Ann Lockwood Romasco, Bernard Lafayette, John Lewis, and others at the Highlander Folk School [Photo: Highlander Folk School Collection, Emory University]
Heretofore, I knew of the anthropologist Marshall Sahlins largely by way of his tempestuous debate several decades ago with Gananath Obeyesekere. I was pleased to learn of his intellectual engagement and activism during the Vietnam War in David L. Schalk’s War and the Ivory Tower: Algeria and Vietnam (2005 ed.) (which, in turn, cites a 1970 article from the New York Review of Books). In 1968, he signed the “Writers and Editors War Tax Protest” pledge, vowing to refuse tax payments in protest against the Vietnam War. And it was Sahlins who invented the “teach-in as a method of conveying information about the Vietnam War and related issues.” The Wikipedia entry on “teach-in” does not mention this, although it does state, sans any citation, that a “teach-in at the University of Michigan [where Sahlins taught at the time] in May 1965 began with a discussion of the Vietnam war draft and ended with the logistics of a takeover of the University.” It was at the University of Michigan where the SDS (Students for a Democratic Society) organized the first major teach-in against the Vietnam War on March 24-25, 1965.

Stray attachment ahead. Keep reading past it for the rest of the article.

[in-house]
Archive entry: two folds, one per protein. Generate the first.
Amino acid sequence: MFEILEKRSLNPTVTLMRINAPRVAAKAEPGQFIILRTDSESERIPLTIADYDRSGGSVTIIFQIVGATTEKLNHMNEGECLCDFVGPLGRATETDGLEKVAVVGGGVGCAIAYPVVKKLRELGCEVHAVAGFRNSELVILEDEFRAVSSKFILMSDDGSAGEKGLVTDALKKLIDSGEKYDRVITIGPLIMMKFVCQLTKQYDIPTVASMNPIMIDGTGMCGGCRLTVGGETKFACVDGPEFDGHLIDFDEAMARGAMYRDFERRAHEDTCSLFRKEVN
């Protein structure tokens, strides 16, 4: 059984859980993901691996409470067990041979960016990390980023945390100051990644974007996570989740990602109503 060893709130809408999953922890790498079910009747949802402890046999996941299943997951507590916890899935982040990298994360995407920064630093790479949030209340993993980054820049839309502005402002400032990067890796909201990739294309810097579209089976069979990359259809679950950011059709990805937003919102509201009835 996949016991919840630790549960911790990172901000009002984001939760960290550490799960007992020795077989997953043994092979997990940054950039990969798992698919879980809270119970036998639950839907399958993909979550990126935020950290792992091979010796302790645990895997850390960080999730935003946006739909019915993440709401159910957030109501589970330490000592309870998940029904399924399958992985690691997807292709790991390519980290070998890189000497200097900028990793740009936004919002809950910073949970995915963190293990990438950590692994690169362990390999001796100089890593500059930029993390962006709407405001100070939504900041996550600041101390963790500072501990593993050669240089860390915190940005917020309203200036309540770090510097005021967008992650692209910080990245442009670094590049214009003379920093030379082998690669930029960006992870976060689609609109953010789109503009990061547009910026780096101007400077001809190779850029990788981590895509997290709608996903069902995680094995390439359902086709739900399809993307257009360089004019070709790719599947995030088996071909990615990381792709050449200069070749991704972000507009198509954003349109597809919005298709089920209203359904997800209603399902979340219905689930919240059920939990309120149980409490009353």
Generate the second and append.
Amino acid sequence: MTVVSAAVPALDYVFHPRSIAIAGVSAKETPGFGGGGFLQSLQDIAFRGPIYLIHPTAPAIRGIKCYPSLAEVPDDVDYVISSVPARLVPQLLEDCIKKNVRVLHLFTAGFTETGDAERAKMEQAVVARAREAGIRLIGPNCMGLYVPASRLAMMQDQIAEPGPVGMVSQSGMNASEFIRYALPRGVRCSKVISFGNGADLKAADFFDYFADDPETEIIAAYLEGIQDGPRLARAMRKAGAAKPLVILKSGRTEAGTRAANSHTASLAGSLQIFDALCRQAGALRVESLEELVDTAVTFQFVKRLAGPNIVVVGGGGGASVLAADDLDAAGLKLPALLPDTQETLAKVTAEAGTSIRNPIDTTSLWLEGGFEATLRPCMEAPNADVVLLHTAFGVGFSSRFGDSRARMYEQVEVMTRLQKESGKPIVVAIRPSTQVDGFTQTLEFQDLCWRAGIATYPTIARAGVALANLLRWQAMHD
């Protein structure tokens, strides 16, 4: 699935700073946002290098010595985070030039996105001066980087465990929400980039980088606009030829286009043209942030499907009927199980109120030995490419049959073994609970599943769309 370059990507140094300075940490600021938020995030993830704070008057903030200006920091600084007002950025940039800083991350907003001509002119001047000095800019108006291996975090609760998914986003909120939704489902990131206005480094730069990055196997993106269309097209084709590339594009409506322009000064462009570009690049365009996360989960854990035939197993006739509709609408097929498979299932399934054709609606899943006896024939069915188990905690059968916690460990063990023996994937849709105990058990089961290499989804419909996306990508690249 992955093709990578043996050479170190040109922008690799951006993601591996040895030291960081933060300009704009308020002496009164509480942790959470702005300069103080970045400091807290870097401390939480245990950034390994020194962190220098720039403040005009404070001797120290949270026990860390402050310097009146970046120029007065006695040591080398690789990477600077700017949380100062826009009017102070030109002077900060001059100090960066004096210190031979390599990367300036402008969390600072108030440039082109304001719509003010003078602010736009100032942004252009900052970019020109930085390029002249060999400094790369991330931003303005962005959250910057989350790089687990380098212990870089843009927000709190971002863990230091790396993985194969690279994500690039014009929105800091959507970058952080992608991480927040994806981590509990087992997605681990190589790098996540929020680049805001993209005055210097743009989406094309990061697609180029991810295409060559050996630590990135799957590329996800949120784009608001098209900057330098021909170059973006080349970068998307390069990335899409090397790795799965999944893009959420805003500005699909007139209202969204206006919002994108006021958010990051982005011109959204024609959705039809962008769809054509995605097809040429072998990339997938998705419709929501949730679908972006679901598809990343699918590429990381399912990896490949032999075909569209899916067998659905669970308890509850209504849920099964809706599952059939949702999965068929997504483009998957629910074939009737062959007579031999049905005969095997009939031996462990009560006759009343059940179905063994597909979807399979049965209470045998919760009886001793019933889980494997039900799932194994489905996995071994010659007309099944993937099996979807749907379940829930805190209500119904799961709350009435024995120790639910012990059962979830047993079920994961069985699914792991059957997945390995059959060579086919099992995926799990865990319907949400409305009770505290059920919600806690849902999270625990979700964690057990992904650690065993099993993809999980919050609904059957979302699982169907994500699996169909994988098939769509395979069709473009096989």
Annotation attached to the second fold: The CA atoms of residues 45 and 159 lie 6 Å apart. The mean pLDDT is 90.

In several important respects, this specific tactic had strategic pedagogic and philosophical roots in the civil rights movement, in particular with with the Highlander Folk School. As Charles Payne notes in I’ve Got the Light of Freedom: The Organizing Tradition and the Mississippi Freedom Struggles (1995),
“Many people who were to become well-known civil rights leaders—E.D. Nixon and Rosa Parks of Montgomery, James Bevel, Fred Shuttlesworth, C.T. Vivian, Bernard Lafayette, Bernard Lee, Dorothy Cotton, Andy Young, Hosea Williams of SCLC [Southern Christian Leadership Conference], John Lewis, Bob Zellner, Marion Barry, and Diane Nash of SNCC [Student Nonviolent Coordinating Committee]—attended Highlander workshops.”
It was also Highlander that pioneered, in 1954, “Citizenship Schools,” in the first place through the courageous and creative efforts of Esau Jenkins and Septima Clark on the Sea Islands off the coast of South Carolina and Georgia. In the late 1950s and early 1960s Citizenship Schools flourished, and it was Highlander that was responsible for their subsequent spread across the South, although in 1961 it turned over their administration to the SCLC.
In 2011, the Occupy Wall Street movement attempted to resuscitate the “teach-in,” especially with regard to the nature of neoliberal capitalism. In varying degrees of formality it seems, these were led by both individuals and groups (a few examples of the latter: the Sylvia Rivera Law Project, Bowdoin College students, The New School, Center for Women’s Global Leadership).
Please note: For a wonderful collection of photographs associated with Highlander, please see the collection maintained by Wisconsin Historical Images of the Wisconsin Historical Society. One picture I would have used here had I the time to acquire permission, was from a 25th anniversary event at Highlander and included Rosa Parks, Myles Horton, Aubrey Williams, and Martin Luther King, Jr. among others.